Evidence of the Multidimensional Nature of Segregation in Education
Race is deeply and systematically linked to many forms of inequality in background, treatment, expectations and opportunities. From an educational perspective, perhaps the most important of those linkages is with the level of concentrated poverty in a school. These differences start at an early age. A comprehensive federal study of children across the country entering kindergarten shows very large differences in the acquisition of skills invaluable for school success long before the children ever enter a schoolhouse. Schools where almost all of the students come with these problems obviously face very different challenges than schools where some of the kindergarteners come better prepared.
Our study of metro Boston shows a strong relationship between segregation by race and poverty and teacher quality, test scores and dropout rates. In the entire metro region, 97 percent of the schools with less than a tenth white students face concentrated poverty compared to 1 percent of the schools with less than a tenth minority students. These differences were strongly related to the results on the high stakes MCAS state examinations.
The nation’s dropout problem is concentrated in segregated high poverty schools. In our new book, Dropouts in America, we report that half of the nation’s African American and Latino students are dropping out of high school. The most severe problems are in segregated high poverty schools. For the high school class of 2002 almost a third of the high schools that were more than 50 percent minority graduated less than half of their class. Among schools that were 90 percent or more white, only one school in fifty had this kind of record. Half of the majority-minority schools had dropout rates over 40 percent as did two-thirds of the schools with less than a tenth white students. Nationally the gap in graduation rates between districts with high and low proportions of low income students was 18.4 percent in 2001, even higher than the gap between majority white and majority-minority districts.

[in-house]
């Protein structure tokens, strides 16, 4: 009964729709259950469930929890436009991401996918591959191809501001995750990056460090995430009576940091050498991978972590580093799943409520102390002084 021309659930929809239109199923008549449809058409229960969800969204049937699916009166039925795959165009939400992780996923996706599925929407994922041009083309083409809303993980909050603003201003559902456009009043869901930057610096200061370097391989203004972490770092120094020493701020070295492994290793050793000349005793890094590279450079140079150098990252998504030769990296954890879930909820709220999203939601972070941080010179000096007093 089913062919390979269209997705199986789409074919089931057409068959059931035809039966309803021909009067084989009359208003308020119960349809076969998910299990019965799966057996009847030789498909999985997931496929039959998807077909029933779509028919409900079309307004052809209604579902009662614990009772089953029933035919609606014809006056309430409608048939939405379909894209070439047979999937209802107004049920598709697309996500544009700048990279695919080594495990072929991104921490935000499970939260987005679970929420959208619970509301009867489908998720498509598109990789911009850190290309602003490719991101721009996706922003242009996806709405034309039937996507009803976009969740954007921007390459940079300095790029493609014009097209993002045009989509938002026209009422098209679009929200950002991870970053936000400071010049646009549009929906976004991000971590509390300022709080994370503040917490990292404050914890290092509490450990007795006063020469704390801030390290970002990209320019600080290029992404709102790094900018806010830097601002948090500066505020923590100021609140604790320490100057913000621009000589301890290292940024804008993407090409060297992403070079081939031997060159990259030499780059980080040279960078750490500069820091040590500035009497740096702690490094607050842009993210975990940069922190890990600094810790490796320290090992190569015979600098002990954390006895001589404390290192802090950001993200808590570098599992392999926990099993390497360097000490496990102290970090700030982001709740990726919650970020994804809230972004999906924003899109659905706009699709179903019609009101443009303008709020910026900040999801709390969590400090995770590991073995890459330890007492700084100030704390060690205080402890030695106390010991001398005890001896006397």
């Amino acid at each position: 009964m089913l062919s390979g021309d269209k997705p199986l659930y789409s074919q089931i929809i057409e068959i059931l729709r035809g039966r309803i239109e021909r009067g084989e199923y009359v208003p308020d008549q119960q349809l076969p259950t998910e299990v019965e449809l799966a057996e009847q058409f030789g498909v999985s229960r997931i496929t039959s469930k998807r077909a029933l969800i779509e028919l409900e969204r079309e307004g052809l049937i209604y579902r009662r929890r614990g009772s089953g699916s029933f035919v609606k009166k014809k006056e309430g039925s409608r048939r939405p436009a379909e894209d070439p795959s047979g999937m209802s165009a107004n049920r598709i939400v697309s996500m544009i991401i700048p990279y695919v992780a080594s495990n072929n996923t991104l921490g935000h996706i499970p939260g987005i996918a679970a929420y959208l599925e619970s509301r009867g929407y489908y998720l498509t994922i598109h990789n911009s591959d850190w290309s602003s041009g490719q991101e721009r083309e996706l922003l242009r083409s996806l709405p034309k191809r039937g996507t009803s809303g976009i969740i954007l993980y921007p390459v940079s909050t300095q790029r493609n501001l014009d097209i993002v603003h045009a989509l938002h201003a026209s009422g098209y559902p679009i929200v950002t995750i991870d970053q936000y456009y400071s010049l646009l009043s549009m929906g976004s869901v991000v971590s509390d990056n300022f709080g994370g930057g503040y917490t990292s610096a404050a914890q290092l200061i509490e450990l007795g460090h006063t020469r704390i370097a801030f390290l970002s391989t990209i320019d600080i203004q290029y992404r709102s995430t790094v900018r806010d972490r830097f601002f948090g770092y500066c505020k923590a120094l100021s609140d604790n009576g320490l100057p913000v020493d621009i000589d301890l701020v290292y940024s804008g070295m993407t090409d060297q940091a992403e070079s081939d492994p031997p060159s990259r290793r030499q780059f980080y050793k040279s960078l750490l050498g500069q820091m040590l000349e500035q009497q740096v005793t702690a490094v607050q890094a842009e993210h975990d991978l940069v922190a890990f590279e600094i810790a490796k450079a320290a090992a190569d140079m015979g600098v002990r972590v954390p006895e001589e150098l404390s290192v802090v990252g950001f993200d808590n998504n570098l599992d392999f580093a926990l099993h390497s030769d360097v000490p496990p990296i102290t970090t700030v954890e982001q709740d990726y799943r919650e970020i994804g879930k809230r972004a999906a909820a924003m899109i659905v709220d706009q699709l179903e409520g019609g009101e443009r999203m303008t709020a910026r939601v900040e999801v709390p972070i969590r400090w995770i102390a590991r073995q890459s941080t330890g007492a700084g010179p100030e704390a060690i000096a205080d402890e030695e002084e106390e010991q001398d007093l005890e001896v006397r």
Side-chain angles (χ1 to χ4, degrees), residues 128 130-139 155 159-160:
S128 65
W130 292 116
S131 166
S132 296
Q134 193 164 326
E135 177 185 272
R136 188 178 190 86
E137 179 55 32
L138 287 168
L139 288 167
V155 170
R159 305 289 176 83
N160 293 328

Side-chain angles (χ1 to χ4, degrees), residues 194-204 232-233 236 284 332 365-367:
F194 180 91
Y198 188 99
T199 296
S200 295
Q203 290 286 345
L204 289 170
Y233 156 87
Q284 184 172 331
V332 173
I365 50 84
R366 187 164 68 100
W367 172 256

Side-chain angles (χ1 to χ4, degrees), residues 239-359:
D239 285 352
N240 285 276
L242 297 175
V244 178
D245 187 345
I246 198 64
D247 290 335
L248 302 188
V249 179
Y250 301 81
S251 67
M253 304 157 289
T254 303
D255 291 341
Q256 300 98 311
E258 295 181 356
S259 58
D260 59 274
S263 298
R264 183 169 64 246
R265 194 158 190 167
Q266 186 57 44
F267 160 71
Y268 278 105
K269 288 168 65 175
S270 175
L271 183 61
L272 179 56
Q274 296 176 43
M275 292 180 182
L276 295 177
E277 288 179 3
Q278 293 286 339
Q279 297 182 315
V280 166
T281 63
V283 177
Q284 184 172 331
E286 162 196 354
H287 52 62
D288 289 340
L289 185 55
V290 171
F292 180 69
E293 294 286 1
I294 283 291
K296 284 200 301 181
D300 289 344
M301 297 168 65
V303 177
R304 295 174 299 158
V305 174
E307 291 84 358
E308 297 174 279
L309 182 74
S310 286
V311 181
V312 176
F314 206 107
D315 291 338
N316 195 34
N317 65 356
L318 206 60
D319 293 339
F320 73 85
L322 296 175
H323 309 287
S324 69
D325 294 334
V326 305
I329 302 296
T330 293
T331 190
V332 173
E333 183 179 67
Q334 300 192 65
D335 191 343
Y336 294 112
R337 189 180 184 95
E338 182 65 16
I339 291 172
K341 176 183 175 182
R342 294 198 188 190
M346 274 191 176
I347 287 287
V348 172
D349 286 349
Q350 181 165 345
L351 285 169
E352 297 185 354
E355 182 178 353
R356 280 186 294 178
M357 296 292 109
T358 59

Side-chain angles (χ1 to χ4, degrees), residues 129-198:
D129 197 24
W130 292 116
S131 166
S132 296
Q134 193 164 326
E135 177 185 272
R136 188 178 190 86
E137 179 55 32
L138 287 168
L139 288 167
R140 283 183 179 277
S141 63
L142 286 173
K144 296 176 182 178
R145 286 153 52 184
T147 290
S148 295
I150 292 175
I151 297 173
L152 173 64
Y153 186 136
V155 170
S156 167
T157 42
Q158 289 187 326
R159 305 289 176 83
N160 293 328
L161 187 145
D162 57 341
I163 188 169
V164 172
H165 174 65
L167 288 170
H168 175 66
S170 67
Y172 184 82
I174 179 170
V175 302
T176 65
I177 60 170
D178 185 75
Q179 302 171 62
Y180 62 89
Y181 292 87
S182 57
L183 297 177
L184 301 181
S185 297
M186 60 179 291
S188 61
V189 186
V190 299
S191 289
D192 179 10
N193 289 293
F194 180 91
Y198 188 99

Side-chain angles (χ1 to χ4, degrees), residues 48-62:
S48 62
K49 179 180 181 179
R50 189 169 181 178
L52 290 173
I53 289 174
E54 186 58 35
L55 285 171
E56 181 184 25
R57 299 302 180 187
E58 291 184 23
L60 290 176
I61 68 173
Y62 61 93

Richard Rothstein’s important 2004 book, Class and Schools, reviews a wide array of studies that have shown for decades strong links between individual poverty, school poverty, race and educational inequality. Studies show that poverty is strongly related to everything from the child’s physical development to the family’s ability to stay in a neighborhood long enough so that a school might have an effect on the student. His analysis suggests that we tend to provide weaker education in highly impoverished schools and that the major claims about successful reforms in these schools are wrong. He argues that it is unrealistic to expect to change schools in any deep way without dealing with some of the issues that arise with poverty.